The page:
Back to the Culture. Banks’ novels take place at the boundary of the Culture’s influence – the society itself is so stable that any story rooted in it would most likely be pretty dull. Everything’s good and there’s no conflict of note. Instead we tend to read about their equivalent of the Foreign Office, a body called Contact, and their division that performs dubious activities of questionable legality to ensure society and the wider galactic civilization function as they should: Special Circumstances.

This society has developed an incredibly high level of artificial intelligence and the machines work in harmony with the humans. Overall the society is run by these “minds” whether in charge of a spaceship or an artificial planetary-scale habitat known as an “orbital”. Now Sol is, I suppose, the mind of the Spirit of London, but she doesn’t come from Iain Banks – equally well she could originate from Zen in Blake’s 7 or Rommie in Andromeda (pictured), or just from my own head.

I think where Banks has really influenced me is in the style of the story-telling. What I mean is that there’s normally a very long set-up and then everything comes together in a frantic, fast-paced conclusion. Sometimes you’re only seeing the situation from the point of view of a few characters (as with Johnny) and you only realize at the very end that rather more of the Culture’s resources have been brought to bear on events than you knew – that you’re just seeing a part of the story.

I think I re-read Look to Windward as I was writing Johnny Mackintosh: Star Blaze so the book ran along similar lines and it was only the strictures of my editor that brought it more into line with what you might more normally expect for a book that children read.

Where I have borrowed most openly from Banks is the design of Galactic Emperor Bram Khari’s flagship, the Calida Lucia. The idea of fields and a flexible ship structure, complete with potentially gigantic hold, are very similar to a Culture General Systems Vehicle (GSV), although I haven’t come across any of those that have carpets which massage your feet.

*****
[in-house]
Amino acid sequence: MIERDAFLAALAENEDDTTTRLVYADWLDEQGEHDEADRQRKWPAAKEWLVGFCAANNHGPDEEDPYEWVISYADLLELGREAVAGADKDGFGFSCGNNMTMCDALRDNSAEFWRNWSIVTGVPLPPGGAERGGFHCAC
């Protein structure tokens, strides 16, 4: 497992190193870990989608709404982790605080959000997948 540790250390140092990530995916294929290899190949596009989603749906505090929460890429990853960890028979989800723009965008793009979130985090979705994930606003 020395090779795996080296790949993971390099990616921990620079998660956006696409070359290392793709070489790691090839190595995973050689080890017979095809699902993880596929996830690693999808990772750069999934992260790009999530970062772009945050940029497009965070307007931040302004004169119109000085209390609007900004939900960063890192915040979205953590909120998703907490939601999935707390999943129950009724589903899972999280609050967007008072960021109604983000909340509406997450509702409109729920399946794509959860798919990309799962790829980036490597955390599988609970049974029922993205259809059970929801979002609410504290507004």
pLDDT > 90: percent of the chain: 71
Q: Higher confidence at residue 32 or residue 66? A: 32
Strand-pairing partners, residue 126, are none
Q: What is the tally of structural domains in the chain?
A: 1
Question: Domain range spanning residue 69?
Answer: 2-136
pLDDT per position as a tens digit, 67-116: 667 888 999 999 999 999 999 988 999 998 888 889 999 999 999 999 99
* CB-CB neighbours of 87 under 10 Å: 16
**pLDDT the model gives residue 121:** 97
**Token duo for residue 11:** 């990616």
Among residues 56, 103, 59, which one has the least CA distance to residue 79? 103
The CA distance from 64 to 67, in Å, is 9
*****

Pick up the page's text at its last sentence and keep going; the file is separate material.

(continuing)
I often find myself falling in love with Banks’ characters – they’re so alive and attractive. For instance, in one of my all time favourite books The Crow Road, like hero Prentice I fall first for “beautiful cousin Verity” before realizing by the end just how perfect Ashley has been throughout. Then there was the adorable Isis Whit, title character of the novel Whit, and I defy any geeky bloke not to love the plethora of femail Special Circumstances operatives who constantly save the day.

A recent Banks publication was Transmission, published without the “M.” but a story about travel between parallel Earths as different political factions fight for supremacy. A brilliant little detail in the books was an idea for locating aliens that doesn’t involve huge radio telescopes and vast amounts of computer resources to decode the signals. It looks at the problem from a completely different angle. What is it about Earth that makes our planet special – possibly a unique place in the galaxy? The answer is that by a great cosmic fluke the Sun and Moon appear exactly the same size in the sky, which in turn gives us the phenomenon of the total solar eclipse.

This is a sight that must be rare, even in our galaxy of 400 billion suns. If you’re a super-advanced alien being with unparalleled resources at your disposal, perhaps you get your kicks by seeing the sights? Perhaps you come to Earth as an eclipse tourist? Next year there are total eclipses in the western United States and Queensland, Australia. I intend to be present at both, thinking of my writing idol and keeping half an eye out for extraterrestrials while enjoying the view.